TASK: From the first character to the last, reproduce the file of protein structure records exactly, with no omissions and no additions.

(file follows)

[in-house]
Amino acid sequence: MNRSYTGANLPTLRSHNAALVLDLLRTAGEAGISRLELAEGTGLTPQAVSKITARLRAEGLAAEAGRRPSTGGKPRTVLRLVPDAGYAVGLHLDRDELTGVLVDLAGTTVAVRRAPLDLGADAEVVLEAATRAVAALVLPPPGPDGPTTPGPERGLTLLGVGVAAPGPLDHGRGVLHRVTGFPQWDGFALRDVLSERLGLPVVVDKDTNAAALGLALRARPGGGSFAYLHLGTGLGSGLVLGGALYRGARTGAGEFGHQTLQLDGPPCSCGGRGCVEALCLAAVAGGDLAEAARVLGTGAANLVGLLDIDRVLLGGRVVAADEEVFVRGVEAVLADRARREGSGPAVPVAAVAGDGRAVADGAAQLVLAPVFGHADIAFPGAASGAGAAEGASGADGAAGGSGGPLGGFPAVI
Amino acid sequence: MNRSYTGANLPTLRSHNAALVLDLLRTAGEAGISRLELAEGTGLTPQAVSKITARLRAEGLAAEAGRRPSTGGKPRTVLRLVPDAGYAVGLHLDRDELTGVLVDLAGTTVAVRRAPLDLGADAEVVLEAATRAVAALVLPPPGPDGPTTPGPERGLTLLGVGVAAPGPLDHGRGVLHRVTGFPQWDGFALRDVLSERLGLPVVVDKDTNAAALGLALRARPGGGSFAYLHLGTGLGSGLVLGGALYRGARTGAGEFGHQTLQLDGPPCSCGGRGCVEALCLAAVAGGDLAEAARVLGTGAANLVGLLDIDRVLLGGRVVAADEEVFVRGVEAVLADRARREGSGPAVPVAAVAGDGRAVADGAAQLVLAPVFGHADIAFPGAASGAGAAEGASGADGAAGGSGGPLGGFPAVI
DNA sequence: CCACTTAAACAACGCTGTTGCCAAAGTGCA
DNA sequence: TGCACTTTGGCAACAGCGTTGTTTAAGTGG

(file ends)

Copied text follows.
[in-house]
Amino acid sequence: MNRSYTGANLPTLRSHNAALVLDLLRTAGEAGISRLELAEGTGLTPQAVSKITARLRAEGLAAEAGRRPSTGGKPRTVLRLVPDAGYAVGLHLDRDELTGVLVDLAGTTVAVRRAPLDLGADAEVVLEAATRAVAALVLPPPGPDGPTTPGPERGLTLLGVGVAAPGPLDHGRGVLHRVTGFPQWDGFALRDVLSERLGLPVVVDKDTNAAALGLALRARPGGGSFAYLHLGTGLGSGLVLGGALYRGARTGAGEFGHQTLQLDGPPCSCGGRGCVEALCLAAVAGGDLAEAARVLGTGAANLVGLLDIDRVLLGGRVVAADEEVFVRGVEAVLADRARREGSGPAVPVAAVAGDGRAVADGAAQLVLAPVFGHADIAFPGAASGAGAAEGASGADGAAGGSGGPLGGFPAVI
Amino acid sequence: MNRSYTGANLPTLRSHNAALVLDLLRTAGEAGISRLELAEGTGLTPQAVSKITARLRAEGLAAEAGRRPSTGGKPRTVLRLVPDAGYAVGLHLDRDELTGVLVDLAGTTVAVRRAPLDLGADAEVVLEAATRAVAALVLPPPGPDGPTTPGPERGLTLLGVGVAAPGPLDHGRGVLHRVTGFPQWDGFALRDVLSERLGLPVVVDKDTNAAALGLALRARPGGGSFAYLHLGTGLGSGLVLGGALYRGARTGAGEFGHQTLQLDGPPCSCGGRGCVEALCLAAVAGGDLAEAARVLGTGAANLVGLLDIDRVLLGGRVVAADEEVFVRGVEAVLADRARREGSGPAVPVAAVAGDGRAVADGAAQLVLAPVFGHADIAFPGAASGAGAAEGASGADGAAGGSGGPLGGFPAVI
DNA sequence: CCACTTAAACAACGCTGTTGCCAAAGTGCA
DNA sequence: TGCACTTTGGCAACAGCGTTGTTTAAGTGG